DIRECTIONS: Continue along main Hamra St all the way to the end. Take a right at the fork after Bendakji cafe (driving parallel to Diabco Stationery and the gas station). Continue straight until the intersection. Touch store should be in your face. Take a right up toward Bliss St. Take another right before reaching Bliss and the fork with the tree in the middle (so you’re on the road that leads to Fakhani, Hussein’s Parking, Socrate, etc). And a final right into a small alley before you continue down the road. There’s a sign but it’s barely visible. Go all the way to the building at the end (same one that’s home to Inaash). Abboudi’s warehouse is at the bottom of the driveway below.
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Bambi Recommends: Alphonse Mucha at the Vittoriano

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In the days of Wacom tablets and Apple pencils, we have forgotten the beauty of creating with our hands. Since April 2016, the Vittoriano complex in Rome has hosted the Alphonse Mucha exhibit curated by Tomoko Sato. Featuring an extensive collection of the Czech artists work, it is an impressive spectacle of the artist/graphic designer’s development as a visual communicator. Sometimes referred to as the “father of Art Nouveau,” Mucha’s work has recognizable trademarks that have made him a favorite among GD students worldwide: whimsical handlettering, floral ornamentation, and an appreciation for luscious locks. By looking at his work you will understand why “Farrah, you have Mucha hair” was one of the best compliments I’ve ever received.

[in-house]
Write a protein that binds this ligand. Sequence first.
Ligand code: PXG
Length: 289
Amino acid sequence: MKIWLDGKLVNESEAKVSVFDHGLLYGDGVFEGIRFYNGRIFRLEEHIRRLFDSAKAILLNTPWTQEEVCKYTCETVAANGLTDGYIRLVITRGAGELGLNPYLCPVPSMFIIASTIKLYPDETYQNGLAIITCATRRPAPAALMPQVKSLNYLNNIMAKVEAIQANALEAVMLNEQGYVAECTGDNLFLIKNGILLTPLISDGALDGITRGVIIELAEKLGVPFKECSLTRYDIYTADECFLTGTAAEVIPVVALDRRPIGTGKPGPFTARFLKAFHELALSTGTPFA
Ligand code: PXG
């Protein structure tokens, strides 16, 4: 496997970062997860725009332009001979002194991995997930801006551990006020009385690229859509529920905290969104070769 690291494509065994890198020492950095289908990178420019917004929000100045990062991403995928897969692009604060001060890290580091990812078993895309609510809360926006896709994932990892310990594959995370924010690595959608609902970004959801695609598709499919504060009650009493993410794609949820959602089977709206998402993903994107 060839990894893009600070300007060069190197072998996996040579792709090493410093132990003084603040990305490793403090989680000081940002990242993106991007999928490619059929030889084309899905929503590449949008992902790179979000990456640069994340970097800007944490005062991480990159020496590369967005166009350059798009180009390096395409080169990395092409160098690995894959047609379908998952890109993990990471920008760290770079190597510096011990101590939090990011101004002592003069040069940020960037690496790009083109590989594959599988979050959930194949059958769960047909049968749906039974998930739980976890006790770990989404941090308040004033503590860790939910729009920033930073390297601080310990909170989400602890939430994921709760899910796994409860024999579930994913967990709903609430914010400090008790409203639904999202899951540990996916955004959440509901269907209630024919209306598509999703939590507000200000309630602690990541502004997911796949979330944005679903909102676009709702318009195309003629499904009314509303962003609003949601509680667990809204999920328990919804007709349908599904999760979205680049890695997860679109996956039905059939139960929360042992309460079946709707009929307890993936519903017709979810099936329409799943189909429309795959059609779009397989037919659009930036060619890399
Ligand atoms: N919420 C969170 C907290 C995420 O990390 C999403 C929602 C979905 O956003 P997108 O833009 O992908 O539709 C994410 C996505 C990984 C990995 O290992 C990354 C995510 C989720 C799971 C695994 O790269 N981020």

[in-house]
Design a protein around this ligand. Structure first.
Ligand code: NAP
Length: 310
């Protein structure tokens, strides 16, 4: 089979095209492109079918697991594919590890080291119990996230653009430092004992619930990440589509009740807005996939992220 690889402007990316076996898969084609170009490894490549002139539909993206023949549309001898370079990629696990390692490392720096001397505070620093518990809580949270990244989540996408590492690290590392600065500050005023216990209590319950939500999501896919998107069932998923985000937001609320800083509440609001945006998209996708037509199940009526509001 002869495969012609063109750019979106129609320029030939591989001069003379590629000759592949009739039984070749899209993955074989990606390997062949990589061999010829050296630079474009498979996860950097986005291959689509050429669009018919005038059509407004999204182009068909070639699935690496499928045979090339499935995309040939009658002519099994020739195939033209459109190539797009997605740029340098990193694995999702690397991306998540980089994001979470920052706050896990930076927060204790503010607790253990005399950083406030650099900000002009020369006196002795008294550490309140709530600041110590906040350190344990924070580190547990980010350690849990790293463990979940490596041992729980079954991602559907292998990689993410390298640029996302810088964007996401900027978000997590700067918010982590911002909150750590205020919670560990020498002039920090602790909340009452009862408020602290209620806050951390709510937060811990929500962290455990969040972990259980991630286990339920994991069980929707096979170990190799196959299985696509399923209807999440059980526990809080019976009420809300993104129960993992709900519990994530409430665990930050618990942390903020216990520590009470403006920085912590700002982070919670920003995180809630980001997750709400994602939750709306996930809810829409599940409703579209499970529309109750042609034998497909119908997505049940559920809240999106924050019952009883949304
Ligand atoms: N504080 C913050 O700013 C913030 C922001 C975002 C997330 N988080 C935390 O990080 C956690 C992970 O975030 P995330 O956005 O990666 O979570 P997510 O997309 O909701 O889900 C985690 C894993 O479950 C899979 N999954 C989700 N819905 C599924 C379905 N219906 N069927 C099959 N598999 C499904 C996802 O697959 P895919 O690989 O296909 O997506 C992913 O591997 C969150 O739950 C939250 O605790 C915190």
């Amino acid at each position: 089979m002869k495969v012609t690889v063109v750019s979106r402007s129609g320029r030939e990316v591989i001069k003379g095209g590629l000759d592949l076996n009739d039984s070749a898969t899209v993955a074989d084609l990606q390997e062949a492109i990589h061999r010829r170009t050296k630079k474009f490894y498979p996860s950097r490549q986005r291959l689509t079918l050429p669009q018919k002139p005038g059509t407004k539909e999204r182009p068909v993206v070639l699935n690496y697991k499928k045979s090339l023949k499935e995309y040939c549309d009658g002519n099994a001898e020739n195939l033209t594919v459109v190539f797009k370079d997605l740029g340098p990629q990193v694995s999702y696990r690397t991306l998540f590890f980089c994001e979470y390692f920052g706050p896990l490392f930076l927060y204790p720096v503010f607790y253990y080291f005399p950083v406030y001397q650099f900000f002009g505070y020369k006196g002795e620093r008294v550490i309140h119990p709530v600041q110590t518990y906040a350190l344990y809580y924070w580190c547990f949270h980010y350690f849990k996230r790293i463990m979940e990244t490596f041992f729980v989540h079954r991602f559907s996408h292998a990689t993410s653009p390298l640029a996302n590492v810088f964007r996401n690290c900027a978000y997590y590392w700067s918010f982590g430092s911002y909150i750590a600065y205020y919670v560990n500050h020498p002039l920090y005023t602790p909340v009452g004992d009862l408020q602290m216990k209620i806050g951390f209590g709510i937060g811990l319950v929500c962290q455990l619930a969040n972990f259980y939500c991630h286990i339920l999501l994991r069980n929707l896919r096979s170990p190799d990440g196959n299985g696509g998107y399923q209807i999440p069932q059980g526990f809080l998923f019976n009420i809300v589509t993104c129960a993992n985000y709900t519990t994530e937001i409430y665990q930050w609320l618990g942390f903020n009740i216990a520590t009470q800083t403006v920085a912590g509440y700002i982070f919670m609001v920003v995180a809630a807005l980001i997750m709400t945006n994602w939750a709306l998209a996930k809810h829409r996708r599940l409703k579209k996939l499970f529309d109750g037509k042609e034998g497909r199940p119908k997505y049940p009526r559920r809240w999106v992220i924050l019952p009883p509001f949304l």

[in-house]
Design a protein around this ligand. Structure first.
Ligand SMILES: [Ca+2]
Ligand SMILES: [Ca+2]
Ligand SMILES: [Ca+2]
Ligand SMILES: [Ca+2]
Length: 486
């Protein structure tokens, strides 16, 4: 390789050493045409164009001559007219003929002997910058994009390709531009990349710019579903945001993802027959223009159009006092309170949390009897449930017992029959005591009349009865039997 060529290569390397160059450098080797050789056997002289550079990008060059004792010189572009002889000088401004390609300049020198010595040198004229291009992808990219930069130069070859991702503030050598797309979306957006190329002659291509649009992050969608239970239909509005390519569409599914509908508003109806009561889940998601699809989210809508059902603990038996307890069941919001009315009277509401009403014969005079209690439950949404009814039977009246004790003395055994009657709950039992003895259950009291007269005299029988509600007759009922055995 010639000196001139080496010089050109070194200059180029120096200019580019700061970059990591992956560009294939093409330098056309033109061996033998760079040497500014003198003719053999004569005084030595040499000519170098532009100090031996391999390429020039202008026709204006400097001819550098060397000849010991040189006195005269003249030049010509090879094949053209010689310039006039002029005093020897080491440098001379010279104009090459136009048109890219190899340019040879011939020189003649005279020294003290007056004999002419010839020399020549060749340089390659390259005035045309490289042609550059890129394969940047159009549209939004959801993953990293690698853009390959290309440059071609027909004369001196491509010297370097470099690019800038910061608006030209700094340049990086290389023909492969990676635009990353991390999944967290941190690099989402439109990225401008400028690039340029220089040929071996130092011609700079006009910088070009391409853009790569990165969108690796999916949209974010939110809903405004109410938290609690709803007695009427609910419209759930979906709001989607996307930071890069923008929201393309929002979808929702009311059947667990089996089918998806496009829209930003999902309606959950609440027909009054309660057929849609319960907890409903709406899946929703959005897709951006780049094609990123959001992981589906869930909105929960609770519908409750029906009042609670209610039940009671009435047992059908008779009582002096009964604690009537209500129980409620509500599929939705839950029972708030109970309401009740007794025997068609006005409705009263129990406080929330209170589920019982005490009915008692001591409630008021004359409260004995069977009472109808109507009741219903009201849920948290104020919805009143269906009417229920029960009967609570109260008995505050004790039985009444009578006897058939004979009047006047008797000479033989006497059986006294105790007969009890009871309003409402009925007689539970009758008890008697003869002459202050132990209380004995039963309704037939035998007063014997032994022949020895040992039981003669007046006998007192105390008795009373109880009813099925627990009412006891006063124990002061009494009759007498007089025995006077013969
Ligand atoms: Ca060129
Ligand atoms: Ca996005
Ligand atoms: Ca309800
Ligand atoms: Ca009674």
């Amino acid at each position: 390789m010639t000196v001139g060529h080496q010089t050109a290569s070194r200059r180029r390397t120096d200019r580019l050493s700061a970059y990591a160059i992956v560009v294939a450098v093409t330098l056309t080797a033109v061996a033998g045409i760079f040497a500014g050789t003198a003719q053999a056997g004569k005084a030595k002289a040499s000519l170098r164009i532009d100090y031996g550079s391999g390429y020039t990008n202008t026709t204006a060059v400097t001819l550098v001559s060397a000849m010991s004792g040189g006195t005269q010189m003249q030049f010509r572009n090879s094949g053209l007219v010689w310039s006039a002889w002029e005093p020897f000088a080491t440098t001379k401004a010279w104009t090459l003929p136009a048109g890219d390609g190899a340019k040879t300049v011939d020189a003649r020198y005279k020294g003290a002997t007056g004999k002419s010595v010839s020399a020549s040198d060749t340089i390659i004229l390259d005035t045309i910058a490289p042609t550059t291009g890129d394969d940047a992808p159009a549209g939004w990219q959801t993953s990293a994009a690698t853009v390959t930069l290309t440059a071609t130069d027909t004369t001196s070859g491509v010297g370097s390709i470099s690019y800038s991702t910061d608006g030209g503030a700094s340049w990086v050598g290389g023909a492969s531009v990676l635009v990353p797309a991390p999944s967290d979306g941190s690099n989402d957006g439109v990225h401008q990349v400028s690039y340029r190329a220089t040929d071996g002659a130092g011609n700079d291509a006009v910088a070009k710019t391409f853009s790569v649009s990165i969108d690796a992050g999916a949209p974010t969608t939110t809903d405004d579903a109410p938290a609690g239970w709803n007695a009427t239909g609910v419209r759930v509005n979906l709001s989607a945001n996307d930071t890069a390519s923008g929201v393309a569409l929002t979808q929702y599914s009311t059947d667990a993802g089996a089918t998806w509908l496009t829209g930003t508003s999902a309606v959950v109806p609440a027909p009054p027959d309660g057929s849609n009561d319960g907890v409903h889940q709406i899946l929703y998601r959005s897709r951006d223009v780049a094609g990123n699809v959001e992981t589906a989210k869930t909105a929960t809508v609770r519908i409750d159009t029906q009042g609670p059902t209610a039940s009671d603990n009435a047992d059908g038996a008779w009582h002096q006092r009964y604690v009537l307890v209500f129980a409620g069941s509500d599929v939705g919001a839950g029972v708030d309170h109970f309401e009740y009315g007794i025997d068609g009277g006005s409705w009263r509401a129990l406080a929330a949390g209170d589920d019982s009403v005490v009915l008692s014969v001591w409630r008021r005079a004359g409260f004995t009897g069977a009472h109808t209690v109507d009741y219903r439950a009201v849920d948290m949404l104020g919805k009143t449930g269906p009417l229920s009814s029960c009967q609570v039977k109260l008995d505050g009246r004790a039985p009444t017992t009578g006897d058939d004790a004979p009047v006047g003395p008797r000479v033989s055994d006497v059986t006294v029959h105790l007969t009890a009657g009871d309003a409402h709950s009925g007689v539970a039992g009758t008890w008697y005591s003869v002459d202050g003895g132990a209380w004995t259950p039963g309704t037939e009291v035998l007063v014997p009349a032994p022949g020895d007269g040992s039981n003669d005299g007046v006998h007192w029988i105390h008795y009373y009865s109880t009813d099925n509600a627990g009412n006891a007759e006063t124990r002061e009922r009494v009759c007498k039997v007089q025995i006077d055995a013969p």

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The exhibition has sketches showing Mucha’s process as well as the dissection of each communicative piece – the context of the female heroine that he depicts as a goddess with gorgeous hair and effortless attractive appeal. As most creatives would agree, the process is more interesting than the final product and the sheer size of the work is always shocking when witnessed in person. After creating a poster for Gismonda, Sarah Bernhardt signed a contract with him for 6 years – he was that good. His posters are the envy of the designers who slave away on Illustrator trying to emulate that same fervor using the pen tool and anchor points.

The exhibition will be on until September 11th, 2016 and costs 13 E (or 17 E if you go to the Barbie exhibit too) for students.

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Italian Vernacular Typography in Rome with Louise Fili

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Louise speaks with owner of Ristorante Settimo about their signage from the 1960s

“Fare la coda” or the inability to stand in line is not the only thing that Rome and Beirut have in common. Much like my own home city, Rome has a tangible warmth to it and I’m not just talking about the temperature. There is history here that can be seen in the ochre tones of the buildings, heard in the undulations of the language, and even tasted in every scoop of black raspberry gelato. When it comes to design, it’s as if things look the way they’re supposed to without much thought put into it. As our first lecturer, Louise Fili, said, “in Italy, everything is beautifully designed even though no one is a designer.”

She walks us through 35 years worth of her carefully curated collection of signage. Not only is Italy the birthplace of Latin typography, it seems it’s also where every sign has a lineage. Rather than reading a plaque or pocketbook guide, each sign forms a graphic timeline because the style of type used corresponds to a particular historic era. Leave it to graphic designers to learn about history via type, right?